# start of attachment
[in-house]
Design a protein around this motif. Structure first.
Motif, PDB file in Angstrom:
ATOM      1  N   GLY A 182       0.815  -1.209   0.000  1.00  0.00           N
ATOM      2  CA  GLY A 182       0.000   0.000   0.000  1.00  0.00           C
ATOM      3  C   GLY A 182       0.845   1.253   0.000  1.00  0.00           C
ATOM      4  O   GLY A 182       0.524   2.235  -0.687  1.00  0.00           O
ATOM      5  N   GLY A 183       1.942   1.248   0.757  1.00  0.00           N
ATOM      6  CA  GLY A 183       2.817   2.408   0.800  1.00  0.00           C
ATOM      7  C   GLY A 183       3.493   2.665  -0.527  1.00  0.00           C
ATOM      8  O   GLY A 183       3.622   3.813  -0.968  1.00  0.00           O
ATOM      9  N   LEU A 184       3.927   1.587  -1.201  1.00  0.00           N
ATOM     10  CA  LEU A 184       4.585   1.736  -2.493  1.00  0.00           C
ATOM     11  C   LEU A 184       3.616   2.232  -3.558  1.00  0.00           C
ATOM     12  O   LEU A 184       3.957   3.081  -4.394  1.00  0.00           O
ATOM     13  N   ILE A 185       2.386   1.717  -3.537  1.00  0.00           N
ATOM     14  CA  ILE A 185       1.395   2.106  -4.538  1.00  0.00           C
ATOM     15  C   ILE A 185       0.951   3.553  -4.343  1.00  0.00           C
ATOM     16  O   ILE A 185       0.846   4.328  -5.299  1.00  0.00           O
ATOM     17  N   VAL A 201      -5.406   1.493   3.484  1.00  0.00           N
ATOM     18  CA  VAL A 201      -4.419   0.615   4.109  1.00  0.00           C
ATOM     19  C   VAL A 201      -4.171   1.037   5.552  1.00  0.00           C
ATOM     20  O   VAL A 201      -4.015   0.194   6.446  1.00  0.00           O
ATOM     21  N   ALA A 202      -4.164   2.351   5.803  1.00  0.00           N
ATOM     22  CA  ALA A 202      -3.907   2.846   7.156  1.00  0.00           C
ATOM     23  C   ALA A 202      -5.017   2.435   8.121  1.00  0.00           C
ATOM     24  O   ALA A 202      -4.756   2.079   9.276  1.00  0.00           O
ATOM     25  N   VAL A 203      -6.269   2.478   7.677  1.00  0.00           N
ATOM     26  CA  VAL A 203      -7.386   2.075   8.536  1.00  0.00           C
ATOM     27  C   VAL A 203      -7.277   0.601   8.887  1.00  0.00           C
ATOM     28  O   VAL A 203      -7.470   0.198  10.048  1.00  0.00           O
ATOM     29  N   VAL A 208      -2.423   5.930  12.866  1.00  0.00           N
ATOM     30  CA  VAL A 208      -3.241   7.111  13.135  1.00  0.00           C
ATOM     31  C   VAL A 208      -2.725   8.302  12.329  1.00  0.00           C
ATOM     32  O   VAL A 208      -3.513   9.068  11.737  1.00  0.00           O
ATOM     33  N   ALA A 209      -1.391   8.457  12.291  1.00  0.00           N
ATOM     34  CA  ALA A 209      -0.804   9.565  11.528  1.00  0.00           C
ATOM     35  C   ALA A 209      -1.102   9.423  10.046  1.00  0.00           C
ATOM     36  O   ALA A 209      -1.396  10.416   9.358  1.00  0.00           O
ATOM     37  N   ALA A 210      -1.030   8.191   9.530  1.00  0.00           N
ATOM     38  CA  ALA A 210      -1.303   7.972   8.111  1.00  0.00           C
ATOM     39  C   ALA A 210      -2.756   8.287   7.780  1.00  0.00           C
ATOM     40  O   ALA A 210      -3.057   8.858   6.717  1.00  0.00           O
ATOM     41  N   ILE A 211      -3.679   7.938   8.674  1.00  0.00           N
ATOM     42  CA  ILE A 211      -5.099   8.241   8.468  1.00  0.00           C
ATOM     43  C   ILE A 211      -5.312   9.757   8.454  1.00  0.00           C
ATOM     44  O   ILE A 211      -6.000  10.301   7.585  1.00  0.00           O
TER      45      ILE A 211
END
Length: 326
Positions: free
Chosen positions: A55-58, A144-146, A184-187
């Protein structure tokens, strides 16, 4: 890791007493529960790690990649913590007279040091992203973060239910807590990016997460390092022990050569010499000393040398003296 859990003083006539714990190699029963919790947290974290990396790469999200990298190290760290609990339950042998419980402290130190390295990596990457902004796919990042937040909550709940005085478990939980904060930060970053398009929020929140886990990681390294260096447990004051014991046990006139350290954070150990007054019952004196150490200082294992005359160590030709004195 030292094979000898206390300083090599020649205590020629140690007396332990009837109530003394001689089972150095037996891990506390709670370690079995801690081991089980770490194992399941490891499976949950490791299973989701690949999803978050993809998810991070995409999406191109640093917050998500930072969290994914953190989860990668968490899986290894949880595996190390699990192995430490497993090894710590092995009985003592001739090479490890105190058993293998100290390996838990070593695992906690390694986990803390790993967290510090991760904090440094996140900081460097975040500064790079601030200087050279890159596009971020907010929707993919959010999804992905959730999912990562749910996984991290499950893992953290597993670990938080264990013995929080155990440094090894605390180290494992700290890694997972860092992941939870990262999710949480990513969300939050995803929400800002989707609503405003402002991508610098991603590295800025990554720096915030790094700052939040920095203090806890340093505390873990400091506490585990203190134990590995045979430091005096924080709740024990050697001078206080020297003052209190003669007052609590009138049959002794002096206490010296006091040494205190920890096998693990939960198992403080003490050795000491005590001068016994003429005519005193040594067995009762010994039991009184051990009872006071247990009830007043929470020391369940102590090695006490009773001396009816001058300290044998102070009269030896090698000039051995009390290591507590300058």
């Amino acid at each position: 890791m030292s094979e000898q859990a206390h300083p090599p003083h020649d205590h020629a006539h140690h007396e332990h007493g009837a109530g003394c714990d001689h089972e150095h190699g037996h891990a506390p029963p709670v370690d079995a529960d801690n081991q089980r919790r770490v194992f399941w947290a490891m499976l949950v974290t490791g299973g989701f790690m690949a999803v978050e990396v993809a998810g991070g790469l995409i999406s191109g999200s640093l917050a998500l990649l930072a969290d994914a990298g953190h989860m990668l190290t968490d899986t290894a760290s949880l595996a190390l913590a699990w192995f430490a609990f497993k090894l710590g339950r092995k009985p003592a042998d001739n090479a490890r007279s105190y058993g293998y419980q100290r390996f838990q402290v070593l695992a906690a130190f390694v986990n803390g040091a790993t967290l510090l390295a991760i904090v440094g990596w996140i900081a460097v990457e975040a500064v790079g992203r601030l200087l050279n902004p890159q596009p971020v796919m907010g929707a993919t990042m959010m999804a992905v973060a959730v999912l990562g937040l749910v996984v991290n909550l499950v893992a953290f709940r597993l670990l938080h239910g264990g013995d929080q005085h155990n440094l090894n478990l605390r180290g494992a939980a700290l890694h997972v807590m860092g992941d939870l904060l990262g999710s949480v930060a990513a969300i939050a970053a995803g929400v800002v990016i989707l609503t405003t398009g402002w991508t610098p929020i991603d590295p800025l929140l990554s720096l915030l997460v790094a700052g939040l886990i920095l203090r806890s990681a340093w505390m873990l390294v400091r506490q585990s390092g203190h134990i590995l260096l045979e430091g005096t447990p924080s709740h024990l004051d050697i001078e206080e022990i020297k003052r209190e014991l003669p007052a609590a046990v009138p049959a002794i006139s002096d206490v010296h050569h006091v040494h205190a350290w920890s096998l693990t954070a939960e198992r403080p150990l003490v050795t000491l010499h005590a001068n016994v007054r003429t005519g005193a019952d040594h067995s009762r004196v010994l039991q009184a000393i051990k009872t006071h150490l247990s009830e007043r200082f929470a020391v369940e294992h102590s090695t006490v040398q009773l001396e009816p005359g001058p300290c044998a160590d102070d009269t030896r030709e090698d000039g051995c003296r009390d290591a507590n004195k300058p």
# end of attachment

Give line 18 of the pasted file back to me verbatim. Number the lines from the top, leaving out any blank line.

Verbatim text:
ATOM     15  C   ILE A 185       0.951   3.553  -4.343  1.00  0.00           C